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Threat Intelligence

What is Threat Intelligence?

Threat intelligence is information about cyber threats that has been collected and analyzed by cybersecurity experts to help organizations make better decisions about detecting, identifying, preventing, and responding to those threats.


Threat intelligence is generated by frontline security analysts around the world and frequently shared between organizations in a global collaborative approach to cybersecurity that limits the effectiveness of malicious actors engaged in cyber crime.

What is a Threat?

A common goal for hackers, scammers, fraudsters, and other malicious actors is gaining unauthorized access to enterprise networks. To achieve this goal, these malicious actors deploy threats that exploit vulnerabilities in the target’s IT and cloud infrastructure. 


In this context, a threat is an incident or event that can harm an IT system, a vulnerability is a weakness in a system that could be exploited by a threat, and the potential for loss or damage when a threat successfully exploits a vulnerability is known as risk.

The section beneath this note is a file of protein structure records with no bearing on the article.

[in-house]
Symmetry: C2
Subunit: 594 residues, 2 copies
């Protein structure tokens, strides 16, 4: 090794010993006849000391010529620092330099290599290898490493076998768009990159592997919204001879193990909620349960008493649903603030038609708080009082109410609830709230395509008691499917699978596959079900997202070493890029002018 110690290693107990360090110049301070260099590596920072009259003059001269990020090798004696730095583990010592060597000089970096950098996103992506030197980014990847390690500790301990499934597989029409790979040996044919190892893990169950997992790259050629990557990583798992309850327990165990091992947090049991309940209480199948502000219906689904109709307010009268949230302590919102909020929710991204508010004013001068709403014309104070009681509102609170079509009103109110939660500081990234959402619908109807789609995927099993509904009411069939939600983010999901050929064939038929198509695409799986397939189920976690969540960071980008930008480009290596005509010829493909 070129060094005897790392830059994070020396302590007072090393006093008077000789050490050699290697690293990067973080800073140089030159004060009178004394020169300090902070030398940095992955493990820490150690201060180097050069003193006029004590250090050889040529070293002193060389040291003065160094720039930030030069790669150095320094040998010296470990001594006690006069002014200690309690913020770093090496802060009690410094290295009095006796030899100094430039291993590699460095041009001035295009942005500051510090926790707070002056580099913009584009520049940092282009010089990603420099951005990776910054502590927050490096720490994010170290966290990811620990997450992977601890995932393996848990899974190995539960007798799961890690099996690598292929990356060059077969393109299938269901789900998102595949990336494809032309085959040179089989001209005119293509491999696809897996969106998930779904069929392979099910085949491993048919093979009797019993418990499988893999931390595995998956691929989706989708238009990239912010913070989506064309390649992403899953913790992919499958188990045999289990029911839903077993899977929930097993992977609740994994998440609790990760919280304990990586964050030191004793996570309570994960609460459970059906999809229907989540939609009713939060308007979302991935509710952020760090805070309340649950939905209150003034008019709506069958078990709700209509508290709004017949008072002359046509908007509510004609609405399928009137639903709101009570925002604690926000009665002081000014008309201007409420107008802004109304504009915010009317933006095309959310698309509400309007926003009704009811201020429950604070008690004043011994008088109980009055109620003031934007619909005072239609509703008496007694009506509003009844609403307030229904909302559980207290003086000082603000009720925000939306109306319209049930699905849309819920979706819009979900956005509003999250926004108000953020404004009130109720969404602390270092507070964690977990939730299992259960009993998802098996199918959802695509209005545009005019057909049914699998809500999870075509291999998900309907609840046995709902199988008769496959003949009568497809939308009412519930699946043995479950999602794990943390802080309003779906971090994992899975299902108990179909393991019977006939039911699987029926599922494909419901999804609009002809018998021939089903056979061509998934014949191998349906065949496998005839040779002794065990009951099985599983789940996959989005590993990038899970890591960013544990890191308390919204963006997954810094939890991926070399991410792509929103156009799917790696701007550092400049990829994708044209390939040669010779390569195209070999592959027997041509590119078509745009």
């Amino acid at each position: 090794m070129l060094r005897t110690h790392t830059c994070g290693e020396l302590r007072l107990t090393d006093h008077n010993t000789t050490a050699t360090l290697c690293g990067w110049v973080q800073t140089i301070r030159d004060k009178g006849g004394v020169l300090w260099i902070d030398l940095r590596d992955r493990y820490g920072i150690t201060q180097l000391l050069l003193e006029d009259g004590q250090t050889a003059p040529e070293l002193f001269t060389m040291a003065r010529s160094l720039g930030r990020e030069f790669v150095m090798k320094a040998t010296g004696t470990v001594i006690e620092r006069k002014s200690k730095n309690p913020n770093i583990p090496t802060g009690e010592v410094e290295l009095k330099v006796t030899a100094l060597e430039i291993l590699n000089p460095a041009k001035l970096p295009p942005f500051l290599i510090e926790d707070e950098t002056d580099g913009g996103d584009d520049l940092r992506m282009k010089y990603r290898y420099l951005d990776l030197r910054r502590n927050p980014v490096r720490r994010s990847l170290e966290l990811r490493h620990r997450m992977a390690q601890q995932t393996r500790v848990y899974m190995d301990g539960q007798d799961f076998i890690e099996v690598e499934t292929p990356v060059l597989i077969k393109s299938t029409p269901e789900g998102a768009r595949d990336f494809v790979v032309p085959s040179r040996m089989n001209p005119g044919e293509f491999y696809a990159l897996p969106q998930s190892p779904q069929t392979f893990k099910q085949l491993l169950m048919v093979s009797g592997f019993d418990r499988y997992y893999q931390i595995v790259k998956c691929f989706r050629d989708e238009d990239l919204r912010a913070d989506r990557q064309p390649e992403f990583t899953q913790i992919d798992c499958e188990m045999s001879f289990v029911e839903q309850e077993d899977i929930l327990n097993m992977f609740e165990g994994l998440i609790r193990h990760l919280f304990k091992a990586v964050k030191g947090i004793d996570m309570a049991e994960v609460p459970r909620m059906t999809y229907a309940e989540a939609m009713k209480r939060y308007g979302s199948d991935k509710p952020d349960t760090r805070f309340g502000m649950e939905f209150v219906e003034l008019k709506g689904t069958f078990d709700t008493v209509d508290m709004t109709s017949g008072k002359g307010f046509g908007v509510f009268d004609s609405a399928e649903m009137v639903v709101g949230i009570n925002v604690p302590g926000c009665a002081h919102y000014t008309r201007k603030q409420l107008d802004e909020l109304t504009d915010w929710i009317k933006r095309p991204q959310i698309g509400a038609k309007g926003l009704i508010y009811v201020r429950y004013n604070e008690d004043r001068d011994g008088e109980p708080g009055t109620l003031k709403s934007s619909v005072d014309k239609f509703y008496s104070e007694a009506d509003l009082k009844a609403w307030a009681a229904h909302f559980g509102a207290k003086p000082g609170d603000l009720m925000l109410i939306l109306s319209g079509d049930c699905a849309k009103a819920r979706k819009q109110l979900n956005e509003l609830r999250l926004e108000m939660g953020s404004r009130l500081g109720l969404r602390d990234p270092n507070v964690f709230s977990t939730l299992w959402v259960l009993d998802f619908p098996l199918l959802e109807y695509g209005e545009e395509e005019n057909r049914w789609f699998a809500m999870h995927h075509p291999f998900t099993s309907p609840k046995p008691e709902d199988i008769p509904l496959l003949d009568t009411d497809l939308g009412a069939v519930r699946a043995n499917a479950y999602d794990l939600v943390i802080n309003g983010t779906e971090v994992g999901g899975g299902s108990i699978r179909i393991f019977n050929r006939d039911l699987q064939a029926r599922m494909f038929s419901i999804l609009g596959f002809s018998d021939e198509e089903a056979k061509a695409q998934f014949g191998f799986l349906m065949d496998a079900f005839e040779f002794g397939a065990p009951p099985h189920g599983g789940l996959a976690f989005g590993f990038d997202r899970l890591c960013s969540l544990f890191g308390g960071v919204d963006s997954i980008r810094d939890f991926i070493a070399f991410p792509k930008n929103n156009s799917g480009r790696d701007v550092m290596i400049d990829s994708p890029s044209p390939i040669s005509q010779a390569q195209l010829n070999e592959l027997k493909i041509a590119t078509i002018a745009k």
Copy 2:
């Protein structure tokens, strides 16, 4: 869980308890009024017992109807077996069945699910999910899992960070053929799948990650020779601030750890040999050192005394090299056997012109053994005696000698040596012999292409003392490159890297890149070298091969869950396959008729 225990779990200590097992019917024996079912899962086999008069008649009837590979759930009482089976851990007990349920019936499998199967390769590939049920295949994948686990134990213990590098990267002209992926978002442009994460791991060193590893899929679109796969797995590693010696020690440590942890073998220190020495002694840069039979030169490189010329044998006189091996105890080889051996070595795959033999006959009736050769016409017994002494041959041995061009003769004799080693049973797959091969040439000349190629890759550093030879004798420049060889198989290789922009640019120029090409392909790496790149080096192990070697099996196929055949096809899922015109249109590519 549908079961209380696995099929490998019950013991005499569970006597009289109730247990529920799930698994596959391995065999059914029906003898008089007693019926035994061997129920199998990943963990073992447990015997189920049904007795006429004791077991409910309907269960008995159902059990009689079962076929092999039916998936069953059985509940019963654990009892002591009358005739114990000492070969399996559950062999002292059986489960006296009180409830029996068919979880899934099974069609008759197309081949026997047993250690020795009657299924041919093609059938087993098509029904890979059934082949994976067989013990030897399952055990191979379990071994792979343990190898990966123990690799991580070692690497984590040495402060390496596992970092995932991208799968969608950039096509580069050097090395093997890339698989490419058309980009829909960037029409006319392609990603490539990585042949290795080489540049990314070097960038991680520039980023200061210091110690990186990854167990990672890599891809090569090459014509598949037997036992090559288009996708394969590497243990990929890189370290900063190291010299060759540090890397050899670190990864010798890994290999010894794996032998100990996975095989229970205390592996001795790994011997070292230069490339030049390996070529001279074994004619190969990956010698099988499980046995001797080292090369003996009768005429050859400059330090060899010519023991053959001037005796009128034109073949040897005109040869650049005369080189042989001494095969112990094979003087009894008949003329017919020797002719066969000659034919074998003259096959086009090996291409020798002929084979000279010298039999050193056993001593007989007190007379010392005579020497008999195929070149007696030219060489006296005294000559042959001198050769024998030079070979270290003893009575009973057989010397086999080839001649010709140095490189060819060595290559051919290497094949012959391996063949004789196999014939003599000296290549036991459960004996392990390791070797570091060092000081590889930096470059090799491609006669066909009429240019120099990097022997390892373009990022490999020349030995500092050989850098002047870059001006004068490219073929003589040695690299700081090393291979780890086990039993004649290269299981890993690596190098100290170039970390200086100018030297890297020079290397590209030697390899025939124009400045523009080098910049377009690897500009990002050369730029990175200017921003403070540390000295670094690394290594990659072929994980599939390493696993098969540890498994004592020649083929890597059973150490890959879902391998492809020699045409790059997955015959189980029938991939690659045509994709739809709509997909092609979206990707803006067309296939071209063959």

Common examples of threats in the modern cyber threat landscape include things like:


  • Phishing and spear phishing attacks
  • Impersonation attacks (including AI-assisted impersonation attacks)
  • Malware and ransomware attacks
  • Cryptojacking attacks
  • DDoS attacks
  • Data theft attacks
  • Zero-day attacks

3 Levels of Threat Intelligence You Should Know

Strategic Intelligence

Strategic intelligence is the most high-level form of threat intelligence. Strategic intelligence focuses on understanding the cyber threat landscape, identifying the malicious actors targeting specific industries, determining the goals and motivation behind known threats, and assessing the risk of a successful cyber attack.


Strategic intelligence is used by IT security leaders to support informed decision-making about enterprise security and risk management.

Tactical Intelligence

Tactical intelligence is the middle tier of threat intelligence. Tactical intelligence focuses on understanding the tactics, techniques, and procedures (TTPs) used by malicious actors to deploy threats against targeted organizations. This includes intelligence about specific threats, attack patterns, and vulnerabilities.


Incident response teams, security operations center (SOC) analysts, and other IT security personnel use tactical intelligence to understand the organization’s vulnerabilities and make better decisions about defending the organization against threats.

Operational Intelligence